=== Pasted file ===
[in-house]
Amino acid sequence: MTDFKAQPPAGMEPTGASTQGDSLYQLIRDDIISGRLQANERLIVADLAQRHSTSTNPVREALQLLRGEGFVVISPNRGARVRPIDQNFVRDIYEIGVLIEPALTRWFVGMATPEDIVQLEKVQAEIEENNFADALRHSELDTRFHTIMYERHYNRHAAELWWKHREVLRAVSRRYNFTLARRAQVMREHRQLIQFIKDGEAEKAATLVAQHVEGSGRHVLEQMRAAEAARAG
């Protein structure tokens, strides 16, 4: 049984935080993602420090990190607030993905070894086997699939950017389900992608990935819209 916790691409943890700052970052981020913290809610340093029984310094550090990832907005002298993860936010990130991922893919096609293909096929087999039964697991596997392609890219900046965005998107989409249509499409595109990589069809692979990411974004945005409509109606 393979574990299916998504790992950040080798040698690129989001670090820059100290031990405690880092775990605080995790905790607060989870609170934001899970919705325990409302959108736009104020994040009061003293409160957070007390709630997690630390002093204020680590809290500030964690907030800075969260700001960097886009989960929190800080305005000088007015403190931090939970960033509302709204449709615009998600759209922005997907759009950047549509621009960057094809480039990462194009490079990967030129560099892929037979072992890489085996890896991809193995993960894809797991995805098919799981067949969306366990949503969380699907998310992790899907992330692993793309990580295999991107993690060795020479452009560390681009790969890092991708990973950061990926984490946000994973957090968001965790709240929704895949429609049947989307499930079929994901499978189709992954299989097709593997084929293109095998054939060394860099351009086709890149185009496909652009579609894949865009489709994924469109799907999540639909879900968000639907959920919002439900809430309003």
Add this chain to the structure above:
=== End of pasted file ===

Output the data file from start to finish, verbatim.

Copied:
[in-house]
Amino acid sequence: MTDFKAQPPAGMEPTGASTQGDSLYQLIRDDIISGRLQANERLIVADLAQRHSTSTNPVREALQLLRGEGFVVISPNRGARVRPIDQNFVRDIYEIGVLIEPALTRWFVGMATPEDIVQLEKVQAEIEENNFADALRHSELDTRFHTIMYERHYNRHAAELWWKHREVLRAVSRRYNFTLARRAQVMREHRQLIQFIKDGEAEKAATLVAQHVEGSGRHVLEQMRAAEAARAG
């Protein structure tokens, strides 16, 4: 049984935080993602420090990190607030993905070894086997699939950017389900992608990935819209 916790691409943890700052970052981020913290809610340093029984310094550090990832907005002298993860936010990130991922893919096609293909096929087999039964697991596997392609890219900046965005998107989409249509499409595109990589069809692979990411974004945005409509109606 393979574990299916998504790992950040080798040698690129989001670090820059100290031990405690880092775990605080995790905790607060989870609170934001899970919705325990409302959108736009104020994040009061003293409160957070007390709630997690630390002093204020680590809290500030964690907030800075969260700001960097886009989960929190800080305005000088007015403190931090939970960033509302709204449709615009998600759209922005997907759009950047549509621009960057094809480039990462194009490079990967030129560099892929037979072992890489085996890896991809193995993960894809797991995805098919799981067949969306366990949503969380699907998310992790899907992330692993793309990580295999991107993690060795020479452009560390681009790969890092991708990973950061990926984490946000994973957090968001965790709240929704895949429609049947989307499930079929994901499978189709992954299989097709593997084929293109095998054939060394860099351009086709890149185009496909652009579609894949865009489709994924469109799907999540639909879900968000639907959920919002439900809430309003």
Add this chain to the structure above: